The LinkedIn Skills section (formerly Skills and Expertise) on your profile gives you a chance to show off your areas of expertise and provides viewers with a good insight into your capabilities. In the words of LinkedIn, the section also “helps you discover the expertise that other professionals have”. You can add up to 50 skills when it edit mode and you can endorse your first degree connections for their skills.
There is some debate about the value of endorsements as on one level it’s just a button click and there is no verification. However, when considered as a complete skillset I believe they do have value.
Here are seven tips to make the most of your LinkedIn Skills section:
1) Ensure the Skills section is in an appropriate position – all of your sections can be moved. Whilst the default order is OK, if you’re self-employed you might want to move your Skills section under your Summary and before Experience. To move go into edit mode then use the up and down arrow on the top right hand side then drag and drop.
2) Focus on your key skills – Focus on your main skills that are appropriate and that you want to be known for. Maintaining a relevant list of skills will help others understand your strengths and make your more discoverable.
[Tweet “Focus on your main LinkedIn Skills that are appropriate and that you want to be known for.”]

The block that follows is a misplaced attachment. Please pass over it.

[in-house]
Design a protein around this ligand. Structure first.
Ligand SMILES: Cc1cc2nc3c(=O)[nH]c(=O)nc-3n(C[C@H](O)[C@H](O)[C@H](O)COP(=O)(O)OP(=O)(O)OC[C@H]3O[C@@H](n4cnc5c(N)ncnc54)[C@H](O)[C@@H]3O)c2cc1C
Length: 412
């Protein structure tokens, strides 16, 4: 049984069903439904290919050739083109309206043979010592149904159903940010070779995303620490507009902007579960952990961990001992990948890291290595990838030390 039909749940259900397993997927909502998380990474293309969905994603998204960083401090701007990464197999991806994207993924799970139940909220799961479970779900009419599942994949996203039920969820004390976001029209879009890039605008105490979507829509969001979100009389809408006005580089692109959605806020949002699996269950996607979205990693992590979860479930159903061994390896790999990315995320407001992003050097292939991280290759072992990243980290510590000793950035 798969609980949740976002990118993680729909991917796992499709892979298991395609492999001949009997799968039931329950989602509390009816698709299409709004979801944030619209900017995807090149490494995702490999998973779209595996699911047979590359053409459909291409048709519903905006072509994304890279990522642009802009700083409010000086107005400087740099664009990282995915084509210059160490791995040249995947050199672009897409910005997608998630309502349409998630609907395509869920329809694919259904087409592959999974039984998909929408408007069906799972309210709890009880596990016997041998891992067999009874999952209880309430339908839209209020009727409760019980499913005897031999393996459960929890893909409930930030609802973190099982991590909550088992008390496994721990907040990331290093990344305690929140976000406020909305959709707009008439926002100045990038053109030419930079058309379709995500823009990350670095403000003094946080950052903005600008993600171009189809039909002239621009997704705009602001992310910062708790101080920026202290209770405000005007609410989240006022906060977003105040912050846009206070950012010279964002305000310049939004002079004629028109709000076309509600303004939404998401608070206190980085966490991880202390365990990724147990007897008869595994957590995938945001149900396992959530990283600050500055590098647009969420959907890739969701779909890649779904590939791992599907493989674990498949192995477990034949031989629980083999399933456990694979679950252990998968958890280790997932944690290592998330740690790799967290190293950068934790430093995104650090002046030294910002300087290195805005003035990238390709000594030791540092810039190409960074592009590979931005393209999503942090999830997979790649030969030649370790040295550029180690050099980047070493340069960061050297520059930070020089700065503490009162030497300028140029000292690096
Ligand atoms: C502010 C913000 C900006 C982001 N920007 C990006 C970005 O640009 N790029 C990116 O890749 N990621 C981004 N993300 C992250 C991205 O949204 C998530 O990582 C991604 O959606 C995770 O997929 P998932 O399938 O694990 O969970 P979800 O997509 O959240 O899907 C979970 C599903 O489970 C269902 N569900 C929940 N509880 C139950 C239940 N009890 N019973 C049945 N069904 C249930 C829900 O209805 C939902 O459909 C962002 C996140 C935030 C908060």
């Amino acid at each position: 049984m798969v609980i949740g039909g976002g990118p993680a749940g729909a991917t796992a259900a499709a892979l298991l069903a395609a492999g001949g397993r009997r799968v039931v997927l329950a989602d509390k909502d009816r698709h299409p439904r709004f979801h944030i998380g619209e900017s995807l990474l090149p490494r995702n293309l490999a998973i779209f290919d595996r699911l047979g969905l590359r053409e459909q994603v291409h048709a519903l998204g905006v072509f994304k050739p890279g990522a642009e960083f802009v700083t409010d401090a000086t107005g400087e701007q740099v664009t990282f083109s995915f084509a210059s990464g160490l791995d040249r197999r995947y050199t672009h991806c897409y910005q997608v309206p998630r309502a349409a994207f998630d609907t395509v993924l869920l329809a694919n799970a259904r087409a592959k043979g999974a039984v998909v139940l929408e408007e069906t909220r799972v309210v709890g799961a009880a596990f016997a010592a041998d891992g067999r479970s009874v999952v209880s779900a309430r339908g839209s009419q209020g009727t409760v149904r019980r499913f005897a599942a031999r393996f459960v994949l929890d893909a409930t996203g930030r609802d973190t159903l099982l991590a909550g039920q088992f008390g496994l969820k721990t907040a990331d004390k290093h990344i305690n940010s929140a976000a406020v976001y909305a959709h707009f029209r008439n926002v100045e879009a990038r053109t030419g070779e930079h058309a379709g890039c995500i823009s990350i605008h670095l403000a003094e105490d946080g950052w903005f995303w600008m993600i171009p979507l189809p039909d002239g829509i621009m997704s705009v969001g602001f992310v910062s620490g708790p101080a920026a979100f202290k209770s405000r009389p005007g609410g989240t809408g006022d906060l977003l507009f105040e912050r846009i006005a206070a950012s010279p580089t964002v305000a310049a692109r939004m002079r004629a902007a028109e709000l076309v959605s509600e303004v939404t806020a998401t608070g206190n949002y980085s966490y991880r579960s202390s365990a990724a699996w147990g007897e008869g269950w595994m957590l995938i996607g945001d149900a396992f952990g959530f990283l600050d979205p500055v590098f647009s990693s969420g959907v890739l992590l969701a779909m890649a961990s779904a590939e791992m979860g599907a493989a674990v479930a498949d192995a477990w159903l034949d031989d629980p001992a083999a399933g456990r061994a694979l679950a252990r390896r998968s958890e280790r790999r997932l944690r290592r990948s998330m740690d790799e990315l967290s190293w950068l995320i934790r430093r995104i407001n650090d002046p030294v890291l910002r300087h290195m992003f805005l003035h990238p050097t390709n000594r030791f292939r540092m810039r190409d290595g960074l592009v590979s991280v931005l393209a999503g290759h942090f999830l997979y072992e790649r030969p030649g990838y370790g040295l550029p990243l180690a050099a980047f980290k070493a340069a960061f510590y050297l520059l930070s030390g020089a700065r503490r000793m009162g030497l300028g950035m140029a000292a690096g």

3) Remove skills – It’s worth taking stock of your skills now and on a regular basis. As your 1st degree connections can endorse you for anything, you may not have appropriate skills displayed, so remove skills that are not related to your current role and take off peripheral skills and duplicates eg Web development and Website development.
4) Use to find influencers – You can use LinkedIn Skills to search for and find influencers to connect with – select the skills you are interested in (see point 5 below).
5) View job roles and available positions – Select a skill to display a list of those with the skill in their job title as well as those in your network like them plus vacancies. You can then use the filters on the left to fine tune your results. Very useful if you’re recruiting for a role or in the recruitment industry.
6) Use to find employees – You can use the tactic above to find people in your network or use the Search engine at the top of the page and filter by Skills.
7) Endorse others – Endorse other people for skills that they have. They don’t have to be clients or contacts and you might not have met them, but you do need to be able to make a judgement in terms of their ability. Perhaps you’ve read their book, subscribe to their newsletter, listen to their podcast or have heard them talk at a conference.
Want more LinkedIn tips? View or download my 100 Linkedin tips – they are free and no email signup required.
[Tweet “100 tweet-sized Linkedin tips you need to try – they are free and no email signup required. http://slidesha.re/1tF1D5v”]